The high-voltage, direct current cable will form part of a new electricity highway – designed to carry excess wind or solar energy from Germany to Norwegian pump-storage plants.
Germany can only realise ambitious goals for increasing its renewable energy production if electricity can be stored on windy or sunny days for use on cloudy, still days.
But although Germany has an impressive of wind and solar photovoltaic generation capacity, it has no way of storing excess electricity.
Norway, on the other hand has a large number of pump-storage plants, where excess electricity is used to pump water uphill into high-altitude storage tanks. When energy is needed, the water is released, turning hydroelectric turbines and generating electricity on the way downhill.
The new connection could also be used to bring electricity back to Germany to meet shortfalls in supply, said grid operator firm Tennet.
The Dutch-German operator said the project details – which would see two direct current cables laid between the countries – would be agreed and signed by September.
“The first [cable] should be ready by 2018, as long as all the necessary permits are granted over the coming year and that material and manufacturing capacities are sufficient,” said a Tennet spokesman. The second cable should be in operation by 2028.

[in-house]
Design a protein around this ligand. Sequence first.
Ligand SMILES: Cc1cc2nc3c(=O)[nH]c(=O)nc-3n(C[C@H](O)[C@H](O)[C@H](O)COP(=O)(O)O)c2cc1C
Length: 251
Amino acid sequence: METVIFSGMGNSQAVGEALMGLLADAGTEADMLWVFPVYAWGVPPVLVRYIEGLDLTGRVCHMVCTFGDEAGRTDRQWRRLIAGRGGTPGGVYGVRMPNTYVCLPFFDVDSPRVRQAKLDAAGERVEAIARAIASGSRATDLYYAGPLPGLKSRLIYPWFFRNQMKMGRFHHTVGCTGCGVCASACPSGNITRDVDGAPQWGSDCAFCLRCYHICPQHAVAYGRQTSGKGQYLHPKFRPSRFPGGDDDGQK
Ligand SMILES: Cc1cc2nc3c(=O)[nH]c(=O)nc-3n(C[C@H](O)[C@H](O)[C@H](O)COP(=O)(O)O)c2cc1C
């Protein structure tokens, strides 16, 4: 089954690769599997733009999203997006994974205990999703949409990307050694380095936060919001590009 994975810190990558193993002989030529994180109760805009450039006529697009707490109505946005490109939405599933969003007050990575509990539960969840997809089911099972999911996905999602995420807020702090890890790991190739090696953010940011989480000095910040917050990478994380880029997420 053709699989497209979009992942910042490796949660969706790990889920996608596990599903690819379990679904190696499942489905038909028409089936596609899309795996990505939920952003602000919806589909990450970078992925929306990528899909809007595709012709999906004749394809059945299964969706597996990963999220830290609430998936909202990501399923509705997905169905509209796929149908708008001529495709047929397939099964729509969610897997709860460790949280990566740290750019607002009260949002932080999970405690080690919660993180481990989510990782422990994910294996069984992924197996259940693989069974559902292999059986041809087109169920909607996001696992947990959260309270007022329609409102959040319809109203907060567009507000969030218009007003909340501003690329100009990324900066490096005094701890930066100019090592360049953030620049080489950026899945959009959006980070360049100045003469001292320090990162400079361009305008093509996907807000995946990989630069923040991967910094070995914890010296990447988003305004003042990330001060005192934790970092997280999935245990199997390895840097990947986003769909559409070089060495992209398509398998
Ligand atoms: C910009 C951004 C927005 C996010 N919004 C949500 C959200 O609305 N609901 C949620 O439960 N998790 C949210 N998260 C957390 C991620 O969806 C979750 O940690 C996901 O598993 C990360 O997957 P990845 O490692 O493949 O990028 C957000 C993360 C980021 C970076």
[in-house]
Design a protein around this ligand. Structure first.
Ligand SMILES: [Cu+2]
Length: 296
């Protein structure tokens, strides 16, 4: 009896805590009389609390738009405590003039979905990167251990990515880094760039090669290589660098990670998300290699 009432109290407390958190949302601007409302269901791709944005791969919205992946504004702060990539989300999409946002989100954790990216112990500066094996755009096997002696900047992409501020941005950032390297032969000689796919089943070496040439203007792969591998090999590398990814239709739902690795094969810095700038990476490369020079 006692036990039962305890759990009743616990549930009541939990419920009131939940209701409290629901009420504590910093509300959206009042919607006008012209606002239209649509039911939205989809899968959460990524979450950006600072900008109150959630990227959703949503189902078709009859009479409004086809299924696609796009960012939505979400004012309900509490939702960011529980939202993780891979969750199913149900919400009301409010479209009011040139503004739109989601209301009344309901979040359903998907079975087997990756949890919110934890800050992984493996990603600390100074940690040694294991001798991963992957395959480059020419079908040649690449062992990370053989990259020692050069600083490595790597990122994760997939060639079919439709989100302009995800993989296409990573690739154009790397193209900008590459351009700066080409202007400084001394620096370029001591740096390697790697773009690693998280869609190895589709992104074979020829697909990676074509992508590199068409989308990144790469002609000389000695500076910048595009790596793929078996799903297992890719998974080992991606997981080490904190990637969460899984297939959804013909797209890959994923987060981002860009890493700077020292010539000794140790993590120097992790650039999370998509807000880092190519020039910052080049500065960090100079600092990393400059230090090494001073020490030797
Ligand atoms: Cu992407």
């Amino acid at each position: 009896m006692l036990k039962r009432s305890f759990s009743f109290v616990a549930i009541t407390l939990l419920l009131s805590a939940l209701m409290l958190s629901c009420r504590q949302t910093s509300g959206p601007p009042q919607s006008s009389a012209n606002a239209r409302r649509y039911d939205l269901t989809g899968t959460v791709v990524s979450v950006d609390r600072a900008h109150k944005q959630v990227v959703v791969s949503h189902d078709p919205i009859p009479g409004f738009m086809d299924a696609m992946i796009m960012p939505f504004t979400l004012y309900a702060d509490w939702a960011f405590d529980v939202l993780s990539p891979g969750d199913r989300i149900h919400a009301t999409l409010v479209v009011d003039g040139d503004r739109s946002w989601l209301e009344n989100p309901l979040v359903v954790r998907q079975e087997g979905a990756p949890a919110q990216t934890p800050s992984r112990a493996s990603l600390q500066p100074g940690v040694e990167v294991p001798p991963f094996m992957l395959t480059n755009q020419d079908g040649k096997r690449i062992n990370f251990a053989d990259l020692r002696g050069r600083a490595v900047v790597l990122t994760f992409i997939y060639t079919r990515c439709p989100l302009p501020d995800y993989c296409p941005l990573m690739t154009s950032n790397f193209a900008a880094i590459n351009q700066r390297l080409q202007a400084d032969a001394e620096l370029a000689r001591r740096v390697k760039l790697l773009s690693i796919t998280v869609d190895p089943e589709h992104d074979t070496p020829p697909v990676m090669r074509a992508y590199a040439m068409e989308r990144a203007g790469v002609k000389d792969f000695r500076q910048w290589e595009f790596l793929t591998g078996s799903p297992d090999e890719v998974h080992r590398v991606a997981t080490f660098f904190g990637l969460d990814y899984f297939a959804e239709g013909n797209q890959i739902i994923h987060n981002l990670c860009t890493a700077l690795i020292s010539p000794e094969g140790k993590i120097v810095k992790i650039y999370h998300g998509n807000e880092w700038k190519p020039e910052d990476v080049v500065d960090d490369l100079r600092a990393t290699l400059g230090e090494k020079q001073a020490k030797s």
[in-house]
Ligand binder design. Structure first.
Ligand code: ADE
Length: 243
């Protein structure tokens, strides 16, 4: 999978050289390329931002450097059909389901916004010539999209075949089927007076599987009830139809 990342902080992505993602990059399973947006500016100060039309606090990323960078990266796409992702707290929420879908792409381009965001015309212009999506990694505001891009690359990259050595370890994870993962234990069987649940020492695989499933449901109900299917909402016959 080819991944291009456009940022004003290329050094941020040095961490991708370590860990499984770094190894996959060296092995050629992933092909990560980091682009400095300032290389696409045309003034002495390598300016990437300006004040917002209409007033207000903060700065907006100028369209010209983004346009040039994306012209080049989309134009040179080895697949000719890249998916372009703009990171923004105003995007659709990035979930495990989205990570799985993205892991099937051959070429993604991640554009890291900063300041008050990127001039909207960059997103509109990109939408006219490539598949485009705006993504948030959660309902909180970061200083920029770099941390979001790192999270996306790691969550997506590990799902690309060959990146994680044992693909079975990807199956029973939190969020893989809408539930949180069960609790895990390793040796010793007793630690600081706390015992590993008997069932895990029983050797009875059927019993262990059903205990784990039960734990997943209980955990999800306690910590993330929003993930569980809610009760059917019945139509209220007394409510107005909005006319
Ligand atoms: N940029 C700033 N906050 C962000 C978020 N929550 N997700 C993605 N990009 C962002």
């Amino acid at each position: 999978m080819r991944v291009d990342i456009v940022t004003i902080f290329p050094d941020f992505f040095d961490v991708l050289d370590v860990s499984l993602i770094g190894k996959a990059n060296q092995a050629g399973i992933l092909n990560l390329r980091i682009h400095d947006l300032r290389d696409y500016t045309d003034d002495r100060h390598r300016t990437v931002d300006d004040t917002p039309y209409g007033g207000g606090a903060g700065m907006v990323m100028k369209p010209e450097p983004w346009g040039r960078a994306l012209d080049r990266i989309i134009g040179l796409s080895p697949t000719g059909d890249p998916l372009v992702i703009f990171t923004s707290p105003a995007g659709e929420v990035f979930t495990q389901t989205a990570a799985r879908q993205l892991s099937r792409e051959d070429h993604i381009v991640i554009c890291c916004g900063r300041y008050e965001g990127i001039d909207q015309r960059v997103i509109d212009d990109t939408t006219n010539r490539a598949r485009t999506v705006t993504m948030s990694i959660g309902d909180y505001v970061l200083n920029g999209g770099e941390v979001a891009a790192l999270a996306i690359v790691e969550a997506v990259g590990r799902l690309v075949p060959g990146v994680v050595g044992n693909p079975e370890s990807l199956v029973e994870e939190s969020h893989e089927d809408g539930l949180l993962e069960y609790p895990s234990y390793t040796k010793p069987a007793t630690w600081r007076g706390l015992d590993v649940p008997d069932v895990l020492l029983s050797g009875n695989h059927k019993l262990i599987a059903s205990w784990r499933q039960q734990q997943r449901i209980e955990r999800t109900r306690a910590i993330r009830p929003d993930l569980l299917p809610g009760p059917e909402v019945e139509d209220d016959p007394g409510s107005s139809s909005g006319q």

German Economics Minister Philipp Rösler – who met the Norwegian Minister for Oil and Energy Ola Borten Moe in Berlin before Thursday’s announcement – said he expected the planned energy exchange with Norway to “strengthen the security of supply in Germany and reduce the price of electricity for consumers and businesses.”
The connection would also play an important role in Germany’s transition from nuclear to renewable energy, said Minister Rösler, helping to “integrate renewable energy” and stabilize the grid.
German state-owned bank KfW will put up 25-30 percent of the costs for the new connection, which will play a vital role in storing Germany’s excess energy from renewable sources for a rainy day. The first cable alone will require investments of up to €2 billion.
Tennet has been in discussions with Norwegian grid operator Statnett over the project for more than two years. The Norwegian company, who will be responsible for half of the construction work, also announced plans for a future cable linking Norway to the UK.